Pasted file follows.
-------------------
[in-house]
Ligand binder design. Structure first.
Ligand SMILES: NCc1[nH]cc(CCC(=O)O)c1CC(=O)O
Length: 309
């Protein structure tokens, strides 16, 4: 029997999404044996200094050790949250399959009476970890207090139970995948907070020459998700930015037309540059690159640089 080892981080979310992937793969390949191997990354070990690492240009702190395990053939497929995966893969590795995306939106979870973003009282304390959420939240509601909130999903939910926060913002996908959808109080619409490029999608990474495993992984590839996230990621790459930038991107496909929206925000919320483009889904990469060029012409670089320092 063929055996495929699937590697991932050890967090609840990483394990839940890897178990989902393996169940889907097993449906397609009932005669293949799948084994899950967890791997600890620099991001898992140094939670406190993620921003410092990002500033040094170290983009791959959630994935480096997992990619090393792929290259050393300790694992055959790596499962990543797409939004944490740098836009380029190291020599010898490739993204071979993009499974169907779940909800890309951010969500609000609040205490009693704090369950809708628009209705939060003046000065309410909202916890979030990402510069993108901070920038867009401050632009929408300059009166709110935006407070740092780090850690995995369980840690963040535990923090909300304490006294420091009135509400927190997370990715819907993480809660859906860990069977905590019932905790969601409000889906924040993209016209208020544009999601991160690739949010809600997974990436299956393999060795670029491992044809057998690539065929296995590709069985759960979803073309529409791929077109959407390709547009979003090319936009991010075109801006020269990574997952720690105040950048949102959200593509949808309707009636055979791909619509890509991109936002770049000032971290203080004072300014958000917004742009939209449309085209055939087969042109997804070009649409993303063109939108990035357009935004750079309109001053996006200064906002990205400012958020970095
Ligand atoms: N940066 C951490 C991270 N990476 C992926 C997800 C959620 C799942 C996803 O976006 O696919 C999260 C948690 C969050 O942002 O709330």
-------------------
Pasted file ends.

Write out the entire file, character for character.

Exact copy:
[in-house]
Ligand binder design. Structure first.
Ligand SMILES: NCc1[nH]cc(CCC(=O)O)c1CC(=O)O
Length: 309
């Protein structure tokens, strides 16, 4: 029997999404044996200094050790949250399959009476970890207090139970995948907070020459998700930015037309540059690159640089 080892981080979310992937793969390949191997990354070990690492240009702190395990053939497929995966893969590795995306939106979870973003009282304390959420939240509601909130999903939910926060913002996908959808109080619409490029999608990474495993992984590839996230990621790459930038991107496909929206925000919320483009889904990469060029012409670089320092 063929055996495929699937590697991932050890967090609840990483394990839940890897178990989902393996169940889907097993449906397609009932005669293949799948084994899950967890791997600890620099991001898992140094939670406190993620921003410092990002500033040094170290983009791959959630994935480096997992990619090393792929290259050393300790694992055959790596499962990543797409939004944490740098836009380029190291020599010898490739993204071979993009499974169907779940909800890309951010969500609000609040205490009693704090369950809708628009209705939060003046000065309410909202916890979030990402510069993108901070920038867009401050632009929408300059009166709110935006407070740092780090850690995995369980840690963040535990923090909300304490006294420091009135509400927190997370990715819907993480809660859906860990069977905590019932905790969601409000889906924040993209016209208020544009999601991160690739949010809600997974990436299956393999060795670029491992044809057998690539065929296995590709069985759960979803073309529409791929077109959407390709547009979003090319936009991010075109801006020269990574997952720690105040950048949102959200593509949808309707009636055979791909619509890509991109936002770049000032971290203080004072300014958000917004742009939209449309085209055939087969042109997804070009649409993303063109939108990035357009935004750079309109001053996006200064906002990205400012958020970095
Ligand atoms: N940066 C951490 C991270 N990476 C992926 C997800 C959620 C799942 C996803 O976006 O696919 C999260 C948690 C969050 O942002 O709330």